In this paper, we propose a confidence segmentation (ConfSeg) module that builds confidence score for each pixel in CAM without introducing additional hyper-parameters.
Pose guided synthesis aims to generate a new image in an arbitrary target pose while preserving the appearance details from the source image.
We devise a cascade GAN approach to generate talking face video, which is robust to different face shapes, view angles, facial characteristics, and noisy audio conditions.
Video action recognition, a critical problem in video understanding, has been gaining increasing attention.
Video super-resolution (VSR) aims to restore a photo-realistic high-resolution (HR) video frame from both its corresponding low-resolution (LR) frame (reference frame) and multiple neighboring frames (supporting frames).
To achieve this, we propose a multimodal convolutional neural network-based audio-visual video captioning framework and introduce a modality-aware module for exploring modality selection during sentence generation.
Furthermore, we study multiple modalities including description and transcripts for the purpose of boosting video understanding.
To overcome such limitation, we propose a GAN based EM learning framework that can maximize the likelihood of images and estimate the latent variables with only the constraint of L-Lipschitz continuity.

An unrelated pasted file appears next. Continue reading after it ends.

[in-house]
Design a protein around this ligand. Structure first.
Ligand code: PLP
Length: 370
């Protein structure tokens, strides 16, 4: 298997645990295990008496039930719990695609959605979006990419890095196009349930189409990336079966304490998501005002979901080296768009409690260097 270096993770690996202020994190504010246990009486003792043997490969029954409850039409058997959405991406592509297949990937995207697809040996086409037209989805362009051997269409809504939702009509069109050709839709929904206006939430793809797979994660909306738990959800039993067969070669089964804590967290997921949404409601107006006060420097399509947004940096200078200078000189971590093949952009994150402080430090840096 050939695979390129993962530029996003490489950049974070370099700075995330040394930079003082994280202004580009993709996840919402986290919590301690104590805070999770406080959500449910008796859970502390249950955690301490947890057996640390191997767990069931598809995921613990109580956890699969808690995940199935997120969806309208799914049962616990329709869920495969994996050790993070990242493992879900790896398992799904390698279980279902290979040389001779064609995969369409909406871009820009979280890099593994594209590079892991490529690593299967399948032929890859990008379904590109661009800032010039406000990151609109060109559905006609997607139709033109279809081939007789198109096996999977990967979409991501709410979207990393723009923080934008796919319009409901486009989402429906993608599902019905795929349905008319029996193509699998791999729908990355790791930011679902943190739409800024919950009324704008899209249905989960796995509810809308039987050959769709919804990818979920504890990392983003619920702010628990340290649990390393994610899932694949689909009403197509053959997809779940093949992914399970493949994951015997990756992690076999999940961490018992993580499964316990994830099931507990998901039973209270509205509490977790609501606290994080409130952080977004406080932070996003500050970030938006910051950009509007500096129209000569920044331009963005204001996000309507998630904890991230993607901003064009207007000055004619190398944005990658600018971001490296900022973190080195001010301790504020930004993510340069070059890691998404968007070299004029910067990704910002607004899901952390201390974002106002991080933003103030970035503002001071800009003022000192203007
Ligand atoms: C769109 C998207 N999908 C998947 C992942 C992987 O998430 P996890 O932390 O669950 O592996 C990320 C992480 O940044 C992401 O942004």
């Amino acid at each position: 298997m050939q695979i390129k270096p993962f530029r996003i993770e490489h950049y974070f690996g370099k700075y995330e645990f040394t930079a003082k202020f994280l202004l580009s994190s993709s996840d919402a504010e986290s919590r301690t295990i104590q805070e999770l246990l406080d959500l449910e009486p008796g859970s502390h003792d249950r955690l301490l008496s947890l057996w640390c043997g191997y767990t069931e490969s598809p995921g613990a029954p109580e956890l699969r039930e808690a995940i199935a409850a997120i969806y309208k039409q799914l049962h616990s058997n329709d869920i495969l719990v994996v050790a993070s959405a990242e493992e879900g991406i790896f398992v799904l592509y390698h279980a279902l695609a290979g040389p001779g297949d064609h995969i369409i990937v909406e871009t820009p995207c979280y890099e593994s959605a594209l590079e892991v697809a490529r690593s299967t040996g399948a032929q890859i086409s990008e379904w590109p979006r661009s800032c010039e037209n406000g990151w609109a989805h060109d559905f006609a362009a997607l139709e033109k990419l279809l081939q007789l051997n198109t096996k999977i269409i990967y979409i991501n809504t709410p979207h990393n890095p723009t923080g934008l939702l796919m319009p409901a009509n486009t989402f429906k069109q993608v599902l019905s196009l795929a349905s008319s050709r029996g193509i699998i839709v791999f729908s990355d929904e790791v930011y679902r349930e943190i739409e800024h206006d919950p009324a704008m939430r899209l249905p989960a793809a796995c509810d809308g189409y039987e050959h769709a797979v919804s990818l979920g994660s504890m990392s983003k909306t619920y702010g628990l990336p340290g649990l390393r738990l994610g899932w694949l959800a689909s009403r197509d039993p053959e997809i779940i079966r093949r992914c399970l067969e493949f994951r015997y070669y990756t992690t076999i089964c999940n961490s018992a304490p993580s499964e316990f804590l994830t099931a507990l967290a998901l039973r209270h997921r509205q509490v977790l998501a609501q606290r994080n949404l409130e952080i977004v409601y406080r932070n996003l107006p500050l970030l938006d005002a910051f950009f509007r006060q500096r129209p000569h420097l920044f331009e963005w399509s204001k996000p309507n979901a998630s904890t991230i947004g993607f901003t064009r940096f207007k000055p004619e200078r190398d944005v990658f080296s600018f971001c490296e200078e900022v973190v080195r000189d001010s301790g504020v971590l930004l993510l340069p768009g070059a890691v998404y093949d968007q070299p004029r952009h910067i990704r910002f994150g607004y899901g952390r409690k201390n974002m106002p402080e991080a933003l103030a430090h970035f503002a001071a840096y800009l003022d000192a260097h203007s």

Deep neural networks trained on demonstrations of human actions give robot the ability to perform self-driving on the road.
In this paper, we consider a task of such: given an arbitrary audio speech and one lip image of arbitrary target identity, generate synthesized lip movements of the target identity saying the speech.
In this paper, we introduce a novel problem of audio-visual event localization in unconstrained videos.
The major difficulty of our segmentation model comes with the fact that the location, structure, and shape of gliomas vary significantly among different patients.
However, current methods for detailed understanding of actor and action have significant limitations: they require large amounts of finely labeled data, and they fail to capture any internal relationship among actors and actions.
Action segmentation as a milestone towards building automatic systems to understand untrimmed videos has received considerable attention in the recent years.
Despite the rapid progress, existing works on action understanding focus strictly on one type of action agent, which we call actor---a human adult, ignoring the diversity of actions performed by other actors.
Being the first to explore this new problem, we compose two new datasets with pairs of images and sounds of musical performances of different instruments.
To answer this question, we introduce the problem of procedure segmentation--to segment a video procedure into category-independent procedure segments.
Attention mechanisms have attracted considerable interest in image captioning due to its powerful performance.
Supervoxel segmentation has strong potential to be incorporated into early video analysis as superpixel segmentation has in image analysis.
Actor-action semantic segmentation made an important step toward advanced video understanding problems: what action is happening; who is performing the action; and where is the action in space-time.
There is no work we know of on simultaneously inferring actors and actions in the video, not to mention a dataset to experiment with.
In this paper, we conduct a systematic study of how well the actor and action semantics are retained in video supervoxel segmentation.
The problem of describing images through natural language has gained importance in the computer vision community.